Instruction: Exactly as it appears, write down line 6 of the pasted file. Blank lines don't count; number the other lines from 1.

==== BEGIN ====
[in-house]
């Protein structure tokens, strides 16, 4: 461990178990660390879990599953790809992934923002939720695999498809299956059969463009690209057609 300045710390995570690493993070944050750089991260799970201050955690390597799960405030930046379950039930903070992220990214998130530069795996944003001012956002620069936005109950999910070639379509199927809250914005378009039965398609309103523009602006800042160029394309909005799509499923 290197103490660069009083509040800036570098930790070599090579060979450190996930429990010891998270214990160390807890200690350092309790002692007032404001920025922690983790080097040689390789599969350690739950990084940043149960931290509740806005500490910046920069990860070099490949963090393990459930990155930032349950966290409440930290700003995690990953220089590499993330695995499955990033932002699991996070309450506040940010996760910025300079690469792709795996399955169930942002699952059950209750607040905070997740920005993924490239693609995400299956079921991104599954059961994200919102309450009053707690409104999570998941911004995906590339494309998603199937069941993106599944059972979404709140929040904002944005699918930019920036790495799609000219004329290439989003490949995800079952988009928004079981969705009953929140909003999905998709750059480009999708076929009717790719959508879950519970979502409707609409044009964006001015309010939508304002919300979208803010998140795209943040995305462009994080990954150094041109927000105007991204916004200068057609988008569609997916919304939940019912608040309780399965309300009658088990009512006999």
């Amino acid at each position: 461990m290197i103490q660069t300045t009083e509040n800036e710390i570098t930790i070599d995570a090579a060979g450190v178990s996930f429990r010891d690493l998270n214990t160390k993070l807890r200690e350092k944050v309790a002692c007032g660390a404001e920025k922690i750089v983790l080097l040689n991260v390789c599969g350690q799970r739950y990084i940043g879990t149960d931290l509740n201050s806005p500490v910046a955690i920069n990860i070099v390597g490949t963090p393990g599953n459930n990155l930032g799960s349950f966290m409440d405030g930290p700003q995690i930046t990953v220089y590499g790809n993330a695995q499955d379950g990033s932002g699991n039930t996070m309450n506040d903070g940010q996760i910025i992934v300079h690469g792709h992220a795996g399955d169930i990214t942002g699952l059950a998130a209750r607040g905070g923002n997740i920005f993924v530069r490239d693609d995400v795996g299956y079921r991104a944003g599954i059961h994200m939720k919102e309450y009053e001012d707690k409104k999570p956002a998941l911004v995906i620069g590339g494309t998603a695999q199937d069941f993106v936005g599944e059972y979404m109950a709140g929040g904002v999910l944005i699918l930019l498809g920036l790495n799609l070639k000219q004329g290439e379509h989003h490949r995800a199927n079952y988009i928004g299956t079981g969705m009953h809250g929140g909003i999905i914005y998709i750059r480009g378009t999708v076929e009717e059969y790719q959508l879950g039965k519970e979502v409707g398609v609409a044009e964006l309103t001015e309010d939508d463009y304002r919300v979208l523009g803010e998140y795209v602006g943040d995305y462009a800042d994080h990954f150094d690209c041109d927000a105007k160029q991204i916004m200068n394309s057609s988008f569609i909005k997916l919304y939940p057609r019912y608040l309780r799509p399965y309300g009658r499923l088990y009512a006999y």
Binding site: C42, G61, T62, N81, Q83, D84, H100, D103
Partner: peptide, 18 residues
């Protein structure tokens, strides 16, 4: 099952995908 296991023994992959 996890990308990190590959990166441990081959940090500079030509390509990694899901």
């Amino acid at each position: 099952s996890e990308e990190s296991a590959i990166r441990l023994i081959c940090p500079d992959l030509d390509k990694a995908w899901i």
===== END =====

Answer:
């Protein structure tokens, strides 16, 4: 099952995908 296991023994992959 996890990308990190590959990166441990081959940090500079030509390509990694899901």